Archive for the ‘Francis Collins’ Category

The ID v. Biologos debate that I had reported yesterday is apparently now off, and it does not appear that this is coming from the Discovery Institute.

Bruce Waltke had previously reported that Francis Collins may have a policy of not dialoguing publicly with ID proponents:

In a personal correspondence, one highly respected scholar—were it otherwise, I would not cite him– wrote that it is alleged that Collins will not publicly engage an adherent of anti-evolution ID; he further suggested that if this is not so, Collins should make this clear.

If this is true, it is a real shame.  Waltke also had this to say:

The organizations seeking to refute evolution and/or to narrow the gap between creation and evolution must address one another with respect and openness to be optimally effective. The gap between BioLogos and ID, I suggest, can best be narrowed by open dialogue, not by entrenched confrontation.

I agree.

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Before continuing with this series on the many false and misleading statements about ID in the book The Language of God, I wanted to comment on some of the larger problems with Francis Collins’ discussion.  The specific factual problems with his treatment of ID really matter, because of the larger problems with this chapter.

1.  Collins does not accurately explain what ID is.  He defines it in a way that is at odds with how the leading ID proponents describe it, and he does not disclose this.

2.  The whole chapter on ID reads like a polemic, and it seems that he is trying to marginalize ID proponents and encourage Christians to dismiss ID without considering its claims.

3.  He seems to want to paint ID as unscientific and a product of a Christian lawyer.  Again, this will not encourage thoughtful reflection on the key issues.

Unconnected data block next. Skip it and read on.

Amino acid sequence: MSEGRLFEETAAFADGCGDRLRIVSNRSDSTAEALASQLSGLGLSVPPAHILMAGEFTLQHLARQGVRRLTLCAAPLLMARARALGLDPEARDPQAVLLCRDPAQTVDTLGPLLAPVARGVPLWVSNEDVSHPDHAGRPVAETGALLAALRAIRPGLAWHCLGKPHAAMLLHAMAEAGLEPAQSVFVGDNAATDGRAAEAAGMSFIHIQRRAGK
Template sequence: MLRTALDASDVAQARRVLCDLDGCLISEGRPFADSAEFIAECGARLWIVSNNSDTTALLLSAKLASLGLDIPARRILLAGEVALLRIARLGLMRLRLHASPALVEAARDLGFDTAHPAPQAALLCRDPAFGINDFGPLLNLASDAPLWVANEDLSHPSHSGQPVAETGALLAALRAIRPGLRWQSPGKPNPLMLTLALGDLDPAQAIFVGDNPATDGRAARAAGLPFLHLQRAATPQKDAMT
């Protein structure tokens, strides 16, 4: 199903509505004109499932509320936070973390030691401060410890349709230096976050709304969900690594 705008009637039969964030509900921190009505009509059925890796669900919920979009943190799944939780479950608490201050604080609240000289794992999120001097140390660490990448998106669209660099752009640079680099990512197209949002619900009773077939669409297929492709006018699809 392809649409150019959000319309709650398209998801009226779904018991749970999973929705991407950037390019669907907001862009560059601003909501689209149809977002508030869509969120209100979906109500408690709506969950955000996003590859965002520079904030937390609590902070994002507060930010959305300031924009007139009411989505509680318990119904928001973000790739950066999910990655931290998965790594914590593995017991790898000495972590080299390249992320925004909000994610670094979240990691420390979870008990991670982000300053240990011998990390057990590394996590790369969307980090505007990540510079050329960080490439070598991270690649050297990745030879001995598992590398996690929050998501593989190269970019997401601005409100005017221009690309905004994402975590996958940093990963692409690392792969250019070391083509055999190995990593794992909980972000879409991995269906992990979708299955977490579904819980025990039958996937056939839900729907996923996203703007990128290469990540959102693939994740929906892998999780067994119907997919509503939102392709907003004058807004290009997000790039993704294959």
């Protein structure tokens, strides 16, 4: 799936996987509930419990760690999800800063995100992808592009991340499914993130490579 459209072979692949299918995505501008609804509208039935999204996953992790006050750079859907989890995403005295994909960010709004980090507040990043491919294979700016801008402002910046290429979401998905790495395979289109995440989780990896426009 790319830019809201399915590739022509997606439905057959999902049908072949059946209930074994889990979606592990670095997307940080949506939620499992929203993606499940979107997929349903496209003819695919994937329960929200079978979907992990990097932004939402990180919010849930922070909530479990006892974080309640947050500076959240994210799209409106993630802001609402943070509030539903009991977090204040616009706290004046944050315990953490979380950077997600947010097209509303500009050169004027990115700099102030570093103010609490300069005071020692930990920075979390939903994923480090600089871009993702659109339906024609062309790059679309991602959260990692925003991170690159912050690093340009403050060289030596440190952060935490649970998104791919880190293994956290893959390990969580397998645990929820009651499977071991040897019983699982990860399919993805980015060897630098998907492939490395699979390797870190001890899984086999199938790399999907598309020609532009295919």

4.  He does not acknowledge that he makes ID arguments in his book, and does not give any explanation as to why he seems to think some design arguments are good while others are bad.

5.  His discussion of ID will harm ongoing civil discourse, not help it.  This is obviously not what the Christian community needs right now.


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How many false and misleading statements can you find in this passage from The Language of God, by Francis Collins, published in 2006?

Intelligent Design burst on the scene in 1991.  Some of its roots can be traced to earlier scientific arguments pointing out the statistical improbability of the origins of life.  But ID places its major focus not on how the first self-replicating organisms came to be, but rather on perceived failings of the evolutionary theory to account for life’s subsequent stunning complexity.

ID’s founder is Phillip Johnson, a Christian lawyer at the University of California at Berkeley, whose book Darwin on Trial first laid out the ID position.  Those arguments have been further expanded by others, especially Michael Behe, a biology professor whose book Darwin’s Black Box elaborated the concept of irreducible complexity.  More recently, William Dembski, a mathematician trained in information theory, has taken up a leading role as expositor of the ID movement.


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Jonathan Witt has the best article I have seen discussing the design argument that Francis Collins makes in his book The Language of God:

The mainstream media have emphasized two aspects of the book: Its insistence that Darwinism is no threat to Christianity, and its argument that Darwinism better explains a range of physical evidence than either creationism or intelligent design. What has gone begging for ink, however, is a feature of the book hidden in plain sight: Francis Collins makes a scientific case for intelligent design.

According to the theory of intelligent design, which extends from the origin of matter to the origin of mind, an intelligent cause is the best explanation for certain features of the natural world. In chapter nine Collins argues against intelligent design in biology, and this the media have picked up. But in chapter three, “The Origins of the Universe,” he argues that an intelligent cause is the best explanation for certain features of the natural world, in this case, features that existed before the origin of life.  (bold mine)

Francis Collins may not be a big fan of the modern intelligent design movement, but he certainly likes some design arguments from nature very much.  He thus takes his proper place on The Design Spectrum.

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